The museum will re-open to the members of the general public on 1 October 2020. Opening hours will be between 09:00 to 14:00 on weekdays and will be closed on weekends and public holidays. Our staff members started preparing for visitors on 25 September 2020 after approval for the re-opening was granted by the National Department of Sports, Arts and Culture. The museum will be operated under strict level 2 lockdown rules and regulations. For example, visitors without masks will be denied entry to the premises. Visitors’ temperature will be tested and those who have 38°C or more will not be allowed entry. The caravel will be closed until further notice. The aquarium touch tank at the Shell Museum will operate like other tanks, visitors will not be allowed to touch the animals. Only 50 visitors per building will be allowed at a time.
About The Dias Museum
This site was discovered in 1968, not far from the Post Office Tree. Records show that a piece of land had been granted more than 100 years before as burial ground for Muslims.
It is believed that one of the graves is that of an important Moslem who was buried here in the 19th Century after dying on board a ship at sea. The graves faces Mecca.
THE FIELD GARDEN
The valley and beach adjacent to the museum complex is today known as Munro’s Bay. This area is a natural garden preserving the original vegetation of the Mossel Bay area. Milkwood and Wild Olive trees are the most common tree species to be seen. This peaceful environment offers magnificent views of the bay and the site where Dias landed over 500 years ago.
The first building was built around 1830 by Alexander Munro from Scotland for £25. He operated a canteen on the premises where unruly seamen met. His son got the first permit to catch whales on the beach below. The front house is one of Mossel Bay’s national monuments. However, these buildings are not open to the public.
Dias named the fresh-water spring "Aguada de São Bras" (watering place of St Blaize).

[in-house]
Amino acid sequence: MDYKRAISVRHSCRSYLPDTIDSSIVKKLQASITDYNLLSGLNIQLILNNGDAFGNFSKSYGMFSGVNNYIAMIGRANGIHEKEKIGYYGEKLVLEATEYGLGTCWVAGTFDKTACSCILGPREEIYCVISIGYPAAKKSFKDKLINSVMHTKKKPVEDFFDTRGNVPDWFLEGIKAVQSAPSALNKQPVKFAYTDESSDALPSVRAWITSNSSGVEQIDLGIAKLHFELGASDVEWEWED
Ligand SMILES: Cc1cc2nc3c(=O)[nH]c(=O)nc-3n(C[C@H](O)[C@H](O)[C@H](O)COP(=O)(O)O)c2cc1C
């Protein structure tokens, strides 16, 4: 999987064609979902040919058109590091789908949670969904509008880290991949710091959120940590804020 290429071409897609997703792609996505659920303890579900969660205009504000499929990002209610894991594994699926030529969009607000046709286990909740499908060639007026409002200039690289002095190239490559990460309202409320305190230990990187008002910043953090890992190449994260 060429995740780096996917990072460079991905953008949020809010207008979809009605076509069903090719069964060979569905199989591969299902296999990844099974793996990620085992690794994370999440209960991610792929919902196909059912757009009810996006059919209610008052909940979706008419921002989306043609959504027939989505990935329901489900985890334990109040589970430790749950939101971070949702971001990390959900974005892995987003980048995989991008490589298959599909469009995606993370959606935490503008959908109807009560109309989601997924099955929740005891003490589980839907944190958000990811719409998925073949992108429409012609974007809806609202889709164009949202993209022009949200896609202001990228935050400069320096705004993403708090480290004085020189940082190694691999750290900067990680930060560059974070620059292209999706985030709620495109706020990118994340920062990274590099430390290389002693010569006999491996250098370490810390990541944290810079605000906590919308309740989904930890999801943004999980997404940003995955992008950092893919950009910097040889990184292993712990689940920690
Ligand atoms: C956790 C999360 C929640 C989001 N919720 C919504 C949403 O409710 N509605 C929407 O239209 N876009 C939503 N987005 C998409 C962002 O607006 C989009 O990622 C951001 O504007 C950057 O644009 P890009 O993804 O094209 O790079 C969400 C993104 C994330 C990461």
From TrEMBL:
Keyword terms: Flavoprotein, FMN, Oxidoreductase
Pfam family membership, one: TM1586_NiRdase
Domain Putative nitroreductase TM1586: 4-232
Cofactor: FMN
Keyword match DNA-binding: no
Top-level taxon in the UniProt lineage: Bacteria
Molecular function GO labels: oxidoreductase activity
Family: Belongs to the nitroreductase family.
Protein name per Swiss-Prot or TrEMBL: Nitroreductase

In 1512, Gaspar Correa, described it as flowing over a rocky verge into a small dam. The spring still flows today.
This is a collection of plants that occur naturally in the Mossel Bay area and which were used by the Khoi, San, Coloured, Xhosa and European settlers for shelter, food and medicinal purposes. As well as for magic and superstitious beliefs.
The Braille trail makes it accessible to visually-impaired people so that they can read about, feel and smell the wonderful collection.
THE POST OFFICE TREE
In 1500 Pedro de Ataide, Commander of one of Cabral’s ships, on his return journey from the east, left a letter of importance in a shoe or iron pot under or near a large tree.
In 1501 this letter was found by Joao da Nova, commander of the third East India fleet en route to India. In this way the first Post Office in South Africa was founded. The large tree, a Milkwood (Sideroxylon inerme) has been declared a national monument and is generally known as the Post Office Tree.
The local post office has organised a wonderful way of communicating with the loved ones back home. The post box at the Old Post Office Tree can be used to post postcards and letters. A special frank is used on all outgoing mail to commemorate the fact that South Africa’s first post office was this tree! The reason for the boot-shaped letterbox is that it is presumed that the first letters were left at this old tree from the 1500’s in a sailor’s boot!
In the letter that da Nova received was a timely warning of problems near Calcutta and he was so grateful for this that he erected a small stone hermitage to be used for religious purposes. This was the first religious building in South Africa. The cross stands where it is thought the chapel or hermitage was built.